Sensitivity is not a crime
When I was a little girl, my parents would often say, “Lynn, you are too sensitive!” Yes, I would cry at the drop of a hat, and my feelings were hurt regularly. Bullies frightened me, and I despised when whispers floated in front of me. I hated strife, ridicule, and injustice toward anyone.
I did not like, understand, or enjoy possessing such a fragile nature. Being too sensitive was a cross I knew I must bear for the remainder of my life as if it were a cosmic defect in my character.
“Grow thicker skin!” Friends would say. However, all I seemed to develop were more freckles and rashes on my sensitive epidermis. When they would advise that I should harden my heart, I did not comply.
How was I going to live in a perplexing world without growing a thick skin or hardened heart? The task was daunting and often still is.
My grandmother believed my sensitivity meter was near where it should be. She could turn my tears to laughter in a heartfelt minute with her humor. She also taught me to always “walk a mile in another’s shoes” to achieve understanding for our fellow brothers and sisters.
My grandmother declared, “Shoot, honey, the most sensitive person I ever met was Christ.” “How’d you meet Christ?” I asked as a child. “Through the good book!” She continued, “The Bible will tell you how the Lord treated the downtrodden, the lepers, the sinners, the homeless, and how he was crucified because he didn’t follow a popular path.” “There are a bunch of folks who would have labeled the Lord too sensitive, forgiving, or compassionate!” She added.
Today, I wonder where our sensitivity has gone? Pigeonholing, ostracizing, branding, shouting, and whispering have replaced sensitive thoughtfulness. Plus, folks now applaud such horrendous conduct! I pray much of it will end after the election but has the damage been too much? Have we forgotten how to be considerate toward others and their beliefs? How many times have we witnessed despicable actions this year? We are fighting to survive a pandemic, and yet, many keep adding to the pain with a lack of caring or concern.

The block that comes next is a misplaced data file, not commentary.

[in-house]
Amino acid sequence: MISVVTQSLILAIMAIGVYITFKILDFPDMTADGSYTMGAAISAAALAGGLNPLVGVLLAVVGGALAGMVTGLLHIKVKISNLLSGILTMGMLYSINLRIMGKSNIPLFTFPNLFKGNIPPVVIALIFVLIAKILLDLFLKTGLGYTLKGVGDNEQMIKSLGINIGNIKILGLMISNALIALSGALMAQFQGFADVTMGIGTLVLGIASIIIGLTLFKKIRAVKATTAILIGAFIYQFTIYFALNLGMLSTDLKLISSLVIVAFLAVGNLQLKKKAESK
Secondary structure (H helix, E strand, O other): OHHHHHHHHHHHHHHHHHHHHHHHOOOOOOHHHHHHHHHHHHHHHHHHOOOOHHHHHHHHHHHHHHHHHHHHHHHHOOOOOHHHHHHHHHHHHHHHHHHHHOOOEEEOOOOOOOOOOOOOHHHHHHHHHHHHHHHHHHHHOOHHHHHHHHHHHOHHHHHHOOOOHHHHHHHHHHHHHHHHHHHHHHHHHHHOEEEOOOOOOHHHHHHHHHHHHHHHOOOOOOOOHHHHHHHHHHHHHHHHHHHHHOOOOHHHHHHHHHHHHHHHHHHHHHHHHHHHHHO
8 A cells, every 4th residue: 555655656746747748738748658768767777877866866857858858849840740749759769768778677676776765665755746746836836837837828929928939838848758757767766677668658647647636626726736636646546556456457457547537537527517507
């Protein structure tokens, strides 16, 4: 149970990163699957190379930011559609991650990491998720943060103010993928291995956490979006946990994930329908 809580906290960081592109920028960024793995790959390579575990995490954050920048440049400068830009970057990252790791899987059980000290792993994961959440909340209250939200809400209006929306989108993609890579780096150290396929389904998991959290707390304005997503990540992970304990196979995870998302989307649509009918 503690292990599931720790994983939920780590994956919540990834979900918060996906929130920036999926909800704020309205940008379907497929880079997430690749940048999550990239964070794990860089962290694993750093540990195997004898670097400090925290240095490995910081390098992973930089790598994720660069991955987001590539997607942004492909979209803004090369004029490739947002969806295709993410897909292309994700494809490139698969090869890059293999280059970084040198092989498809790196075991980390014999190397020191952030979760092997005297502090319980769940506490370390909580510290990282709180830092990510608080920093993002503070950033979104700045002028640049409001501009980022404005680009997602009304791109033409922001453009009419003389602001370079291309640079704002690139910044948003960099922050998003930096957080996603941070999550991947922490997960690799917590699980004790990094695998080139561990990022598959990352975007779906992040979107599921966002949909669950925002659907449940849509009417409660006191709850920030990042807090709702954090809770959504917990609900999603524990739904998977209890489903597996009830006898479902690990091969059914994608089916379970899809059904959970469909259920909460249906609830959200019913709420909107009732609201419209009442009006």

For example, I hear folks publicly declare the coronavirus is a hoax or overblown. I wonder how the families of 220,000 Americans who have died or who barely survived feel after hearing such a dismissive statement? How do the exhausted teams of caregivers and the medical community react when they overhear such flippant words?
I think it is time to wash away our thickened skin and add a softener to our hearts. Let us rest the battle politics wages and concentrate on wellness. Go vote and accept the next four years. What we should never do is accept lasting callousness. We need to remember the grandmothers who told us to not whisper lies, not demean or mock another, and to walk that mile in another’s shoes. Perhaps, it is the grandmothers, the mothers, the sisters, and all those compassionate souls who need to stand tall and let our tears be shown and wear our hearts on our sleeves. Because being sensitive and compassionate is not a crime. They, instead, might be the attributes that could heal us.
Not every situation we face can be remedied easily or by any one leader, but many times can be solved by our collective spirit. If we unite and prioritize killing a virus, our economy will flourish, our differences will wane, and our kindness will temper the meanness. Isn’t that what we all want?
When Pearl Harbor was bombed, the spirit of America became united overnight. We forgot the petty differences and political fights and marched to war. Women helped build airplanes during the days and cradled babies at night while their husbands battled on foreign shores. Most of our citizens were sensitive to the needs of each other.
Well, we can do that again. We must band together to defeat COVID, pray for the scientists to find cures, plus follow medical advice and instructions no matter what. It is not fun, it is not easy, and it will take a bit of time, but did it not take sacrifice for us to win World War II? Even though I got a bit tougher, a bit sassier, nothing cured my sensitivity. However, I decided to take my little cross I bear and remind others that inspiring our hearts will create a kinder, healthier world. We will not find any peace in our divisiveness, nor our flippant harsh words or hateful actions.
I believe that was proven years ago when the sensitive, considerate, compassionate son of God walked the earth to heal our souls and save us all.
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